Longitudinal sections were taken from the gastric lesion (hyperaemia and erosions), along with the adjacent normal gastric mucosa, of different sizes and subjected to histopathological study using hematoxylin and eosin stain. The scoring of the ulcer was done as follows: 0 = no mucosal changes; 1 = changes limited to disruption of the surface lining epithelium or superficial layer of the mucosa, with no vascular congestion; 2 = half of the mucosal thickness showing tissue necrosis; 3 = more than two-thirds of the mucosal thickness destroyed, with marked tissue necrosis and vascular congestion; the muscularis mucosae remained intact; and 4 = complete destruction of the mucosa with necrosis and hemorrhage; muscularis mucosae not affected. In the dose–response study groups (IV–VIII), both gastric juice and tissue antioxidant parameters were analyzed.
Based on the ulcer index and histopathological scores, bezafibrate 100 mg/kg body weight, was selected as best effective dose. The detailed mechanistic studies were done in Groups IX and X as follows.
Free and total acidity was estimated by the method of Mallika et al.  , and was expressed as mEq/h. Pepsin activity was measured according to the method of Newaz et al.  . Total hexoses were estimated by the method of Dische and Borenfreud  and expressed as μg/mL. Mucin content was estimated by the method of Sanyal et al.  and expressed as μg/g. Protein content was estimated by the method of Lowry et al.  and expressed as mg/mL.
The stomach tissue was homogenized in 50mM phosphate buffer (pH 7.2)/150mM NaCl (phosphate-buffered saline) at 4°C using a glass–teflon homogenizing tube. The homogenate was centrifuged (2500 g, 10 minutes). The supernatant was used for assessment of oxidative-stress-related parameters.
Tissue lipid peroxidation was evaluated by measurement of thiobarbituric acid reactive substances according to the method of Ohkawa et al.  . Superoxide dismutase (SOD) was estimated by the method of Kono  . Activity of the catalase was measured using the method of Luck  . Assay of reduced glutathione was performed in tissue homogenates by the method of Griffith  . For estimation of NO metabolite, 0.5 mL of blood was collected from each anesthetized animal by cardiac puncture and subjected to estimation of nitrate level by the method of Green et al.  .
Total RNA was extracted from gastric mucosal samples by the method of Chomczynski and Sacchi  . RNA samples were stored at −80°C until analysis. Single-stranded cDNA was generated from 5 μg total cellular RNA by reverse transcriptase and oligo-(dT)- primers. Five micrograms of total RNA was uncoiled by heating (65°C for 5 minutes) and then reverse transcribed into cDNA. The resultant cDNA (2 μL) was amplified in a 50-μL reaction volume containing 2 U Taq polymerase, dNTP (200μM each), 1.5mM MgCl2 , 5 μL 10× polymerase chain reaction (PCR) buffer [10μM Tris/HCl (pH 8.3)/50μM KCl] and specific primer was used at a final concentration of 0.5μM. The PCR mixture was amplified in a DNA thermal cycler. The nucleotide sequences of the primer for inducible NO synthase (iNOS), constitutive NO synthase (cNOS), and β actin were based on the published cDNAs sequences (iNOS: sense 5′ CAG TGG CAA CAT CAG GTC and antisense 3′ GGT CTC GGA CTC CAA TCT, for cNOS: sense 5′ TAC TTG AGG ATG TGG CTG and antisense 3′ GTC TTC TTC CTG GTG ATG, for β actin: sense 5′ TTG TAA CCA ACT GGG ACG ATA TGG and antisense 3′ GAT CTT GAT CTT CAT GGT GCT AGG). A PCR product was detected by electrophoresis on a 1.5% agarose gel containing ethidium bromide. Location of predicted products was confirmed by using 100-bp ladder as a standard size marker.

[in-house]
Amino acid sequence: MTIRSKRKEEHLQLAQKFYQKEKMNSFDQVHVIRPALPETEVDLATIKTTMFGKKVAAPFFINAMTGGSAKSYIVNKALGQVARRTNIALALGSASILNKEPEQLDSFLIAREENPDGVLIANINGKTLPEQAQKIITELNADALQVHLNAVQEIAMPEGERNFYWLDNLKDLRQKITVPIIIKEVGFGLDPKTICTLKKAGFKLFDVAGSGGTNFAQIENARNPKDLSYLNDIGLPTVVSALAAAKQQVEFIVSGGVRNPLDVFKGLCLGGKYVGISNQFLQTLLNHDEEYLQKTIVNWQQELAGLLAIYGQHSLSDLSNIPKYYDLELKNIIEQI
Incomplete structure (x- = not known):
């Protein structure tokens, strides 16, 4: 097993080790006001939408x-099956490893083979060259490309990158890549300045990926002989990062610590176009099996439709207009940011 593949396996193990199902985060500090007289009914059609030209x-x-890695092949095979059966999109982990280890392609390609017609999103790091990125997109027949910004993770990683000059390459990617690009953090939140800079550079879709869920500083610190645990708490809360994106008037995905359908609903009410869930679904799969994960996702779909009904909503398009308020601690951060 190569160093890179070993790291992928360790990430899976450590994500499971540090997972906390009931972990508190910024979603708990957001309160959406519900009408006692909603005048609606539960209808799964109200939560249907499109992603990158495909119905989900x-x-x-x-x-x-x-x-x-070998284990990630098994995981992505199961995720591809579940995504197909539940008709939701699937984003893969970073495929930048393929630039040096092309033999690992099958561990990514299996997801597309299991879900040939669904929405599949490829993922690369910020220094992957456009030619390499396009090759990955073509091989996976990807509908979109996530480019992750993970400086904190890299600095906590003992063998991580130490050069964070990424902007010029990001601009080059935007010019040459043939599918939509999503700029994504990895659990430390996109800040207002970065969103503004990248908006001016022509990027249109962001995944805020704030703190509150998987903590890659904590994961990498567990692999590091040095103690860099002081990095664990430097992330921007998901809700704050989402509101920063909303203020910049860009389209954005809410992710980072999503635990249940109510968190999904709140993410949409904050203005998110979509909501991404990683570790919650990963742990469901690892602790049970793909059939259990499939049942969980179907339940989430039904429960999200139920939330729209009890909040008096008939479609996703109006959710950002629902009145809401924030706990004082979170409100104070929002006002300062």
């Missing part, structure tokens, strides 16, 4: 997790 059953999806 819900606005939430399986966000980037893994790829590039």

DNA from gastric mucosa was isolated by phenol–chloroform extraction method and subjected to agarose gel electrophoresis. DNA ladder/smearing, if any, was visualized by UV-transilluminator and photographed.
Statistical analysis was assessed using one-way analysis of variance followed by Bonferroni comparison test. Ulcer index and histopathological scores were compared by Mann–Whitney U test. The values are expressed as mean ± standard deviation and p < 0.05 was considered statistically significant.
The macroscopic findings of the opened stomach showed that hemorrhagic gastric ulcers covered with coagulated blood were more apparent in the aspirin group than the control group. Coadministration of bezafibrate 100 mg/kg with aspirin inhibited aspirin-induced ulcer formation. Table 1 shows the effects of bezafibrate given in graded doses ranging from 10 mg/kg to 200 mg/kg intraperitoneally on the ulcer index in the rat model of aspirin-induced gastric ulcer. Aspirin caused a significant increase in the ulcer index as compared to that of the saline treated control group of animals. Administration of bezafibrate was associated with a significant decrease in the ulcer index compared to aspirin alone (Figure 1 A and Table 1 ). The most pronounced effect on ulcer index was observed at a dose of 100 mg/kg bezafibrate and this dose was used for further mechanistic studies. L-NNA pretreatment caused significant antagonism of the effect of bezafibrate (100 mg/kg) on the ulcer index (Table 1 ).